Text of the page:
For Americans, the opportunity to combine European travel and the Olympics won't get any better than 1992, when the winter games will be held in the French Alps and the summer games in Barcelona, Spain.
It will be the last year in which both the summer and winter games are staged the same year. The winter games then will move to the alternate biennials, starting in 1994 in Lillehammer, Norway. The next stop for the summer games will be in Atlanta in 1996.
Both the French Alps and the Mediterranean seaport of Barcelona are tourist destinations of their own; the addition of the Olympic Games either adds to their lure or detracts from it, depending on your affinity for competition and congestion.
The important thing for Americans to know is that the next three months will be the best -- perhaps the only -- chance to nail down tickets and accommodations for the games.
The Olympic Games have but one ticket outlet in the United States: the Olson TravelWorld agency in El Segundo, Calif. It is LTC accepting inquiries for a lottery it will run to distribute tickets to both the summer and winter games.
To get on Olson's list, call (800) 874-1992 (you can also consult local travel agencies for Olympics information). Ticket application forms are expected to be mailed later this month for the winter games and in June for the summer games.
As of now, no prices or ticket allotments have been released by the host nation committees. Olson promises an equitable distribution to those who have signed up.
Traditionally, accommodations have been more of a problem than tickets, unless you are willing to gamble on space being available at the last minute, as it was in Los Angeles and Seoul for the past two summer games.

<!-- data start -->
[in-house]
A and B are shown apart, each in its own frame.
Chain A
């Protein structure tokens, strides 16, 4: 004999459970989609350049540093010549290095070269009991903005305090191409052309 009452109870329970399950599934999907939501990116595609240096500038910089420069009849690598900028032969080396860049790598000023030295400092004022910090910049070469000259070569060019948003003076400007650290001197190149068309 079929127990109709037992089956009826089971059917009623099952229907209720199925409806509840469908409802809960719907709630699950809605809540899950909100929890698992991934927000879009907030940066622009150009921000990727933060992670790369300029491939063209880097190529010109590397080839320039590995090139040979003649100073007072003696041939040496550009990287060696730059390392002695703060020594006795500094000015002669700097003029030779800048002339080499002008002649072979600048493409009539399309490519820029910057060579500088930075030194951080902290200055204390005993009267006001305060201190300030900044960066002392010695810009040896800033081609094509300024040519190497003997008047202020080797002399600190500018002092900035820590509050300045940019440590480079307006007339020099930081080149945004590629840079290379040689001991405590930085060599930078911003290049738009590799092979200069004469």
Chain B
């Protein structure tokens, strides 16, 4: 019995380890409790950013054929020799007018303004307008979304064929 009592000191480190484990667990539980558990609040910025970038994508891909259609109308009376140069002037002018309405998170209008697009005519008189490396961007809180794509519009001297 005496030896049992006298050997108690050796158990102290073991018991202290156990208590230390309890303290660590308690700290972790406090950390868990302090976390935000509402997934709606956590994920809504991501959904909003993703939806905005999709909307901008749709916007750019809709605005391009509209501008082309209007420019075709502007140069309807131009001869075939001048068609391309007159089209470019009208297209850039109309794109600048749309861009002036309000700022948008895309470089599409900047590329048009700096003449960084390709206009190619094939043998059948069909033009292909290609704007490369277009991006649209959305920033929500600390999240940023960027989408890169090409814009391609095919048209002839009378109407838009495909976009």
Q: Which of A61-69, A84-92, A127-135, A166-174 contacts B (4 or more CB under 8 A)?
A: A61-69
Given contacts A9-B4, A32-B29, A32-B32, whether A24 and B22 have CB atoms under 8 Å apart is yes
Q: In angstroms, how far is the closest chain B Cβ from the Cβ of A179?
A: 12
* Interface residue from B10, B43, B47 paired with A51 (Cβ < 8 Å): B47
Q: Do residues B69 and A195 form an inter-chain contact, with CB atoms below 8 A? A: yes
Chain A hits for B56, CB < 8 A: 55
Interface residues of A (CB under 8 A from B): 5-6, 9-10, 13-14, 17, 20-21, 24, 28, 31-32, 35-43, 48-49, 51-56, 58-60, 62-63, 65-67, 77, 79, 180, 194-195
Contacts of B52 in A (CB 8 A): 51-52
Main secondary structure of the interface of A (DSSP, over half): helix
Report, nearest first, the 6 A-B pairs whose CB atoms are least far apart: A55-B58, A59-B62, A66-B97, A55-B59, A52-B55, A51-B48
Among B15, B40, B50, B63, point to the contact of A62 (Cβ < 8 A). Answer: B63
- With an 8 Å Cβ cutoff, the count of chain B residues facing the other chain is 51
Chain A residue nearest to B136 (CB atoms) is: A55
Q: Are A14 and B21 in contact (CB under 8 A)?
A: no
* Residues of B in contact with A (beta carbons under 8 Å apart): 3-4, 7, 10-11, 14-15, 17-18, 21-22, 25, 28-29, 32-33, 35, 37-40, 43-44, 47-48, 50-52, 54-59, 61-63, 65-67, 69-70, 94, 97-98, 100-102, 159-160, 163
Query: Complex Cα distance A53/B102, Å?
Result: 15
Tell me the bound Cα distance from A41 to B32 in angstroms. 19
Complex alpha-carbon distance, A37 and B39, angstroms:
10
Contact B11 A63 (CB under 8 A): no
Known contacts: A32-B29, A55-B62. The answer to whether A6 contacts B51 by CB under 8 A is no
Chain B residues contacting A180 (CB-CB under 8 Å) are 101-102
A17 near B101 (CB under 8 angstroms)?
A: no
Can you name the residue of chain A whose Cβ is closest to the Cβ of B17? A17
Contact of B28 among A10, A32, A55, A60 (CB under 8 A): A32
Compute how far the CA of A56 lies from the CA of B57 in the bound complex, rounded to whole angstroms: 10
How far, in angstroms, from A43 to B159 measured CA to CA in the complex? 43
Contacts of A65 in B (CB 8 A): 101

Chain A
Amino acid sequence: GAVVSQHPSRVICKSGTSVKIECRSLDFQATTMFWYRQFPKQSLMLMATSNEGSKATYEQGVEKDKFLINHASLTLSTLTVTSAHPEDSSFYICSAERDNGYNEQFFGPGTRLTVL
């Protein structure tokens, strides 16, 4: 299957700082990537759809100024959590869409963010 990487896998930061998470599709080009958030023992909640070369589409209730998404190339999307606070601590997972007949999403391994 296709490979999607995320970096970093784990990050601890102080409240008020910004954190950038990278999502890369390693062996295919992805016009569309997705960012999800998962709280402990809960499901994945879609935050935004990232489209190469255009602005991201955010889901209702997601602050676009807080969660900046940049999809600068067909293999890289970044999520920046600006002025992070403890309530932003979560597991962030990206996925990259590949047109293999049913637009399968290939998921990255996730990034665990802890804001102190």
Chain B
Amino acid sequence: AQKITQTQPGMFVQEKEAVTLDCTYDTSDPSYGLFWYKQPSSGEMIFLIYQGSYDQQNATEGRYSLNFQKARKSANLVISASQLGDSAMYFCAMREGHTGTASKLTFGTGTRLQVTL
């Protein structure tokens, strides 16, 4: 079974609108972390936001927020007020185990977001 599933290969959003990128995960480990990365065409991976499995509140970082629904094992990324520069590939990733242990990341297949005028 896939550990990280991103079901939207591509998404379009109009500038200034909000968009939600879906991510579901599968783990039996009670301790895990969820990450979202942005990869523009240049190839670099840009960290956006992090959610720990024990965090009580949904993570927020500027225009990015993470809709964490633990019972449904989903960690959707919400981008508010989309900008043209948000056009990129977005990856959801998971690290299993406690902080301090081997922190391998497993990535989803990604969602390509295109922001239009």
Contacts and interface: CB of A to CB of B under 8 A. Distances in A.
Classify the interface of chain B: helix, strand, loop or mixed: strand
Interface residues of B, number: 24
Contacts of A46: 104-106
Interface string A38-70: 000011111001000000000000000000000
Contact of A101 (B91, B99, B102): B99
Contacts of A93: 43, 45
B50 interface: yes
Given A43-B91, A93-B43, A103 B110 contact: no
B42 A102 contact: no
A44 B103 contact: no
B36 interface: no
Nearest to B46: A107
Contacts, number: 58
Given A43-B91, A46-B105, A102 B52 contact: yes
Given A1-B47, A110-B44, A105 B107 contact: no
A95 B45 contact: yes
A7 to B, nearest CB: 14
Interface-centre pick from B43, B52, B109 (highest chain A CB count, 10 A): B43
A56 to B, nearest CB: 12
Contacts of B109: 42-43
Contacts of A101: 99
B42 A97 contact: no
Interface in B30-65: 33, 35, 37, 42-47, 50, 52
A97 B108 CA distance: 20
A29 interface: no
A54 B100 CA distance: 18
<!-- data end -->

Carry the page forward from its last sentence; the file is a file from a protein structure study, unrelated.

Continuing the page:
In the past, tour operators reserved every room they could and the word was spread that there wasn't a room available within 100 miles. (That happened in Los Angeles and Seoul for the Olympic Games and in Seattle last year for the Goodwill Games.) the end, however, some tour packages go unsold and rooms become available.
A call to the Spanish tourist agency in Los Angeles gets a "we don't know" response about accommodations in Barcelona for the period of the games.
Olson TravelWorld, in its brochure advertising packages to the summer and winter games, says, "hotels are reserved two to three years in advance of the Olympic Games for the great number of international Olympic delegates, sports and media representatives who attend in an official capacity. Most hotels are also obliged to provide rooms for their regular tourist and business clientele. The result is an extremely heavy demand when the needs of the visiting spectators are included."
Olson then outlined a one-week stay in beachfront hotels an hour from Barcelona with a "land only" price tag of $3,000, or about $425 a day for hotel and transportation to the Olympic transportation system. No air fare and no Olympic tickets are included in this package.
Will there be small, non-glossy hotels in Barcelona with vacancies during the summer games? (The Summer Games run from July 25 to Aug. 9, 1992.) Probably, but it is always a gamble. Certainly within an hour's drive of Barcelona there ought to be something.
The French Alps present a different problem.
This is not the Winter Olympics as staged in a city such as in Calgary, but the return to a chalet-sized Olympics, much as the Olympics were when they were held in nearby Chamonix. Or even in Lake Placid, N.Y.
Powder Ski Tours -- (800) 888-6262 -- in Mission Viejo, Calif., is offering lodging and lift tickets that will include some alpine Olympic ski events.
A four-night stay at the Winter Olympics is listed at $1,400 each for an apartment shared by two people.
While the Winter Olympics (Feb. 8-23, 1992) are scheduled officially into the small (18,000-population) railroad junction of Albertville, all but the opening and closing ceremonies and the skating will be held up to 50 miles away in glamorous and established French ski resorts.